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[.net] Perf considerations: Optional component methods

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Assume the situation of a component-based gameobject system where you derive all your components from a general "Component" class. There are a lot of situation-specific update calls and not every component needs all of them. In fact, most components only utilize few of them.

Let's say we've got this set of methods that could, possibly, be overridden by derived components:
--> OnUpdate
--> OnPreUpdate
--> OnPostUpdate
--> OnRender
--> OnInit
--> OnFirstUpdate
--> OnActivate
--> OnDeactivate

--> OnCollisionBegin
--> OnCollisionEnd
--> OnCollision

--> OnMouseEnter
--> OnMouseLeave
--> OnMouseOver

--> etc. etc.

While there are general methods like OnUpdate that any component will override, more specifiv ones like OnCollision, OnPreUpdate, etc. won't be used much.

Now, to the point: With all those virtual per-frame calls, it looks like a "huge" performance loss, compared to the gain (zero, mostly). Would it be significantly faster to keep a set of delegates, manually created via reflection and null-checking them before calling any of the methods? This would avoid unneccessary calls but include an initialization overhead for each object because each object will need to generate its own delegates.

Another alternative: Using virtual overridden methods (No delegate creation overhead) but a reflection-generated bitmask which of them are actually used. To me, this sounds like the best method. What do ypou think?

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Quote:
What do ypou think?

First of all I think that a class with an interface containing that many totally unrelated method is clearly violating both the Single Responsibility Principle (SRP) and the Interface Segregation Principle (ISP). You could split this interface into multiple interfaces like IUpdateable, IRenderable, IMouseListener etc. A component then only implements the interfaces it needs. Instead of having one large list of components you let the component register themselves at separate lists: one for IRenderables, one for IUpdateables etc.This will at least fix the ISP problem and the problem that most components do not require all methods (which in fact is strongly related to the ISP problem).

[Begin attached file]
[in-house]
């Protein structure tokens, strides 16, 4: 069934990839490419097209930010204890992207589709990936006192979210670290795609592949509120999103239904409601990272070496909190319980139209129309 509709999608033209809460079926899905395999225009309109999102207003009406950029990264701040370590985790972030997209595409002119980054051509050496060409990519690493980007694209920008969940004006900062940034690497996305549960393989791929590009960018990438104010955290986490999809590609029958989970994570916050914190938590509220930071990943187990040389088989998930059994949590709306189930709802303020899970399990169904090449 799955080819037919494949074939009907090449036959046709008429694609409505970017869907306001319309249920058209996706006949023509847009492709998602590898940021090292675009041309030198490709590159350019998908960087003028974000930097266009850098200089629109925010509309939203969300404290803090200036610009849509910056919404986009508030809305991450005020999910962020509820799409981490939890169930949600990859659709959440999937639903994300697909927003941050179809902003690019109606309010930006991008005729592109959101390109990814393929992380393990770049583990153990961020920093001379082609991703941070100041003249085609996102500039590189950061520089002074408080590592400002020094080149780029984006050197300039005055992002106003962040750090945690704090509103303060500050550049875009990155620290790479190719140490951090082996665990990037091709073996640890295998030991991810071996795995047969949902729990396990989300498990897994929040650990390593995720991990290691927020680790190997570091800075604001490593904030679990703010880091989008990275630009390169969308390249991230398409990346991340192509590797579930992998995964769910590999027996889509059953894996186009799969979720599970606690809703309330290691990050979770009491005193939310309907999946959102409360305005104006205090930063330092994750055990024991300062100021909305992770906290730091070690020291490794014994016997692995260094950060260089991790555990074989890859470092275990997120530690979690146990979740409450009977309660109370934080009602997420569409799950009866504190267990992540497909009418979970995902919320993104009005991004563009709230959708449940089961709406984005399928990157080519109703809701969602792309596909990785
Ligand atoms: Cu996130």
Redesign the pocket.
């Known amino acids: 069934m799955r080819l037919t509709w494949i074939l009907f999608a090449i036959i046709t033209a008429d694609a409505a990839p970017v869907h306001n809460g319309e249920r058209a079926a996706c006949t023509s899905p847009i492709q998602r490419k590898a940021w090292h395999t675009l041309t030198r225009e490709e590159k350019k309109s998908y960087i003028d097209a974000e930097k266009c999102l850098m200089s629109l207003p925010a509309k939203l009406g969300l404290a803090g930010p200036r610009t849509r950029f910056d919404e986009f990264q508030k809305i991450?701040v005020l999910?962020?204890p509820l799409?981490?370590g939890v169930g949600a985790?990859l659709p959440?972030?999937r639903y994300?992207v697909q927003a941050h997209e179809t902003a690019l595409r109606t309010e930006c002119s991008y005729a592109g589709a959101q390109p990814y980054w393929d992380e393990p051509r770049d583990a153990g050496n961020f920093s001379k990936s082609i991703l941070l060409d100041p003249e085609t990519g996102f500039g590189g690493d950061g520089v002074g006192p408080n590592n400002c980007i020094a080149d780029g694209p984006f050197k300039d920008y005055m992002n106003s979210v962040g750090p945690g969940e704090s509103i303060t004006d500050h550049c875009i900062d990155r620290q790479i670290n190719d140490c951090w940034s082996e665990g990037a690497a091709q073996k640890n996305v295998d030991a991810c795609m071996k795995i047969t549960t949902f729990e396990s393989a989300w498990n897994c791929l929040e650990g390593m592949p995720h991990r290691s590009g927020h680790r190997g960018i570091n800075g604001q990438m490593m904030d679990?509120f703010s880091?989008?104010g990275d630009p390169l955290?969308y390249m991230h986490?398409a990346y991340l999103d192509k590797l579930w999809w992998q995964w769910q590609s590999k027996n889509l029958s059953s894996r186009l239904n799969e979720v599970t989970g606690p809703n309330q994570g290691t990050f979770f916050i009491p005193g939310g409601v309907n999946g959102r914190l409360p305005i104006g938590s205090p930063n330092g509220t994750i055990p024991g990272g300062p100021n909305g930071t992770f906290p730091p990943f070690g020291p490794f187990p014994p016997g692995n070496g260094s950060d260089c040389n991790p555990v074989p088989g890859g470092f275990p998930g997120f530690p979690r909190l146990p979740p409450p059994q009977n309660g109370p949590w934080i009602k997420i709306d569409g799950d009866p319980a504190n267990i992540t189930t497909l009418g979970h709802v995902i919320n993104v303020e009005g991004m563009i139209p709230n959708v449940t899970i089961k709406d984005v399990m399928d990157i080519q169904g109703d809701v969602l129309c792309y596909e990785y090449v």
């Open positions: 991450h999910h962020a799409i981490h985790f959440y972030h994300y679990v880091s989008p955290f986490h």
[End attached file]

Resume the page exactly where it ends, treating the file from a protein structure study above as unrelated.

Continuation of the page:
As for the SRP problem: instead of having the component implement all interfaces you could split the functionality into separate classes, one that handles the rendering logic, one that deals with state updates etc. This should simplify your classes and improve the design.

Regarding the performance "issue": virtual calls are not prohibitively expensive in general. So before you try to optimize those calls away: MEASURE!

Regards,
Andre

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I'm aware of the "design problem" you mentioned but might still prefer it over a lot of separate interfaces due to gameobject overhead issues. There will be a LOT of gameobjects. Each of them keeping *one* list of components is okay, but imagine thousands of projectiles flying around with each of them having five or ten separate interface lists in addition to their general component list!

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Of course I don't know about your overall design. What's a component, what's a "game object"? Which components would a single projectile use?

I'm under the impression that you are trying to create "the ultimate flexible design", which will probably collapse under its own weight.

My suggestion: don't overdesign! Keep it simple, make it work first, refactor later. And of course measure/profile to find spots that need attention.